Hopes for significant improvements to social housing for Indigenous Queenslanders have been dashed yet again with the roll-out of the 2020-21 Federal Budget.

Despite the Federal Government commenting they would be “supporting significant reform in the provision of housing for Indigenous Australians in remote communities”, only Queensland and the Northern Territory were allocated remote housing-specific funding.

Queensland is set to receive $100 million in conjunction with the State Government’s bid to assist with remote housing costs.

The Commonwealth has also allocated $150 million for investment in the Indigenous Home Owner Program (IHOP), a 40-year-old initiative led by Indigenous Business Australia.

In light of the current severe national social housing crisis, which sees Aboriginal and Torres Strait Islander people ten times more likely to live in social housing, questions have been raised around the allocated funding.

Maureen O’Meara, Chair of Aboriginal Community Housing Ltd, said while she is pleased the Government will be setting aside funding, it’s simply not enough.

“The funding is inadequate to meet the critical shortage of long term, affordable and culturally appropriate, housing especially when compared with non-Indigenous Australians.”

“Indigenous Australians are three times more likely to live in overcrowded dwellings, and the issue is only going to get worse,” she said.

Currently, public housing is the largest provider of social housing to Indigenous households.

According to the Australian Institute of Health and Welfare, as of June 2018 there were 55,859 Indigenous households in social housing, with 35,619 of those in public housing, 13,817 in state-owned and managed Indigenous housing and 6,423 in community housing.

O’Meara said these figures speak to the “significant undersupply of affordable and suitable housing for Aboriginal and Torres Strait Islander people in Australia”.

Notably, at the time of the 2016 Census, almost one in five (six per cent) Aboriginal and Torres Strait Islander people also lived in remote areas, with around two in five (12 per cent) living in very remote areas.

In contrast, only one per cent of non-Indigenous Australians live in remote areas, with 0.4 per cent living in very remote areas.

“Access to secure and affordable housing is fundamental to physical, mental, and social wellbeing. If one doesn’t have a stable home there is no place to rest, entertain friends, raise a family, have an address to allow oneself or one’s family to go to work, school or study from,” O’Meara said.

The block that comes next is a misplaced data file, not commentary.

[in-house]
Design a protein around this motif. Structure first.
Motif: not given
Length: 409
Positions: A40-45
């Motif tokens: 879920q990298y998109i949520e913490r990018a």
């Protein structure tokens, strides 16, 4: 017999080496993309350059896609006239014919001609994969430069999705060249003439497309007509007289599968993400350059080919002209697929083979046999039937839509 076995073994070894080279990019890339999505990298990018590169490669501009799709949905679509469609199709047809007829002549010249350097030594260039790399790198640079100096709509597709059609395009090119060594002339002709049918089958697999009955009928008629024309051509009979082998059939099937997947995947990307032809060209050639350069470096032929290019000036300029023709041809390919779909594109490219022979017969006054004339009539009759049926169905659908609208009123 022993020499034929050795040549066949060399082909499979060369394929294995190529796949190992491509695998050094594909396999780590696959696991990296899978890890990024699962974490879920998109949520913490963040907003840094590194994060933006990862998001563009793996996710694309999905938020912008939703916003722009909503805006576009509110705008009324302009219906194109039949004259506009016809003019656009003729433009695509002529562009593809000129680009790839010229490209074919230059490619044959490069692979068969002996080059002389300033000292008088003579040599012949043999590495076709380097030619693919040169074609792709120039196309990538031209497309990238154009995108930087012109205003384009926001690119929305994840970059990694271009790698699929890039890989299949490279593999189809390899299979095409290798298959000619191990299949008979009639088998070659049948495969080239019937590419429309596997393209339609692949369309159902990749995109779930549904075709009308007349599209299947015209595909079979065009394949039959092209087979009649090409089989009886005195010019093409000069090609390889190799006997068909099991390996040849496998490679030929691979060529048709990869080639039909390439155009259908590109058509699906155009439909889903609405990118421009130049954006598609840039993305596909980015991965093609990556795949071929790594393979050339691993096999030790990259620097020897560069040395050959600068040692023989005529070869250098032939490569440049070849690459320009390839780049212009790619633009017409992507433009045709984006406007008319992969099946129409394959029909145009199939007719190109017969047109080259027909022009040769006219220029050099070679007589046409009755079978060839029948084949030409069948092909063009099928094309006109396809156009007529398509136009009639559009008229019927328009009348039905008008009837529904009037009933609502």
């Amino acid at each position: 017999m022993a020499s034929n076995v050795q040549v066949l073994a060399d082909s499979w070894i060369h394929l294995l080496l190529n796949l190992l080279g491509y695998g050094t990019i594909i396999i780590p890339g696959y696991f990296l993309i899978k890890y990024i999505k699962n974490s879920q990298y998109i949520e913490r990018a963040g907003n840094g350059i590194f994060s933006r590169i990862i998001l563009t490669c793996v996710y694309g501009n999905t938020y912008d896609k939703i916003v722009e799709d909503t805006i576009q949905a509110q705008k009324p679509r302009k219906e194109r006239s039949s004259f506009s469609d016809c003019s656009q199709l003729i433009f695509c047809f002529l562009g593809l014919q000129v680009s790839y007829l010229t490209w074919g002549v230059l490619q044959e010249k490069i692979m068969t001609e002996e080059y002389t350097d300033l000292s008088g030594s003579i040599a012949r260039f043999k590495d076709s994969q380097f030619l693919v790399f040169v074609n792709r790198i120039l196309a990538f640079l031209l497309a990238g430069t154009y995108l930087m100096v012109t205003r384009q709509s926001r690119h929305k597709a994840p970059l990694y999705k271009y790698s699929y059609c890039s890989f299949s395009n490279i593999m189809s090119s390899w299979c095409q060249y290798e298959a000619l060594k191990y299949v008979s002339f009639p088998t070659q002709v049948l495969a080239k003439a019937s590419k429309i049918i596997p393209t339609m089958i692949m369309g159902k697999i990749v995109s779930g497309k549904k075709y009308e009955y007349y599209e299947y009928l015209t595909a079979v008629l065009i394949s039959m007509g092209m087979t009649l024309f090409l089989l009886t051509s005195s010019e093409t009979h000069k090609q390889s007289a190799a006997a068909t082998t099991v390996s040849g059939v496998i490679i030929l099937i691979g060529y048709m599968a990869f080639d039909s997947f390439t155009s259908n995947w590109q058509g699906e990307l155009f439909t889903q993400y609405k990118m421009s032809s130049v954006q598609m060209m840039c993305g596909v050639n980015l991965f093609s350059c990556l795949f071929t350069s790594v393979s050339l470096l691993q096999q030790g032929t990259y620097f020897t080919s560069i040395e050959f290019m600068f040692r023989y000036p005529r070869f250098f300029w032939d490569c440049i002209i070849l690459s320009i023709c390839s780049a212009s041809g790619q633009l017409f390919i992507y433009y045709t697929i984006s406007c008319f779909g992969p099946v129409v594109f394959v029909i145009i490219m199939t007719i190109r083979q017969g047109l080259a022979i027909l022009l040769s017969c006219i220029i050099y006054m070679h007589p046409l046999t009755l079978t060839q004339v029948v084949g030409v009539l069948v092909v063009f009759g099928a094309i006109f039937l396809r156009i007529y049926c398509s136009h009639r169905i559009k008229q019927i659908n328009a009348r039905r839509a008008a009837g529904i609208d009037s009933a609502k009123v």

“Without stability or choice of where one lives there is little chance of engaging in study, becoming qualified and developing a career. As such there is little chance of acquiring financial and personal independence when one is young and security when one is older.”

O’Meara also noted while the allocated funding to increase Indigenous home ownership is welcome news, housing support should be provided across a “broader spectrum.”

“Not everybody is able to afford a new home,” she said.

“Therefore, the Government should provide housing across a broad spectrum from public, social and community housing, to private rentals and home ownership. Because until a holistic approach to housing is adopted a lot of Indigenous Australians will be left behind in having the same housing opportunities as other Australians.”

While there has been substantial growth in Indigenous home ownership (with a mortgage) over the past 15 years, the funding misses the mark in bettering housing opportunities for Aboriginal and Torres Strait Islander Queenslanders on a larger scale.

As part of the three-year investment into IHOP, 360 new construction home loans will be supported over the next three years.

The investment in the program is said to break down the barriers for Aboriginal and Torres Strait Islander people in buying a home in regional Australia, allowing for flexible loans and concessional interest rates.

The Commonwealth believes these measures will improve home ownership nationally and assist with housing accessibility.

They also believe the program will aid the Closing the Gap target on housing, which aims to secure 88 per cent of Indigenous Australians with safe and non-crowded housing by 2031.

O’Meara said in light of current statistics, the Closing the Gap target is ambitious and won’t be catalysed by the funding announced in the recent Federal Budget.

“It’s inadequate to address the housing need within the Aboriginal and Torres Strait Islanders to make a demonstrable impact on the issue of overcrowding.”

She said more commitment and funding is needed from all levels of government to address the critical need for affordable and appropriate housing.

“The Government has the opportunity to respond to the broad call for more social and affordable housing next year. The issue will not go away,” she said.

The Department of Housing and Public Works provided NIT with a statement:

“The Australian Government’s payment of $105 million, comprising $5 million in 2019-20 and $100 million in 2020-21, complements the Queensland commitment of $40 million in 2019 to an interim remote housing program. Housing construction will be delivered through an agreed partnership approach with local community Councils,” said a spokesperson for the Department.

By Imogen Kars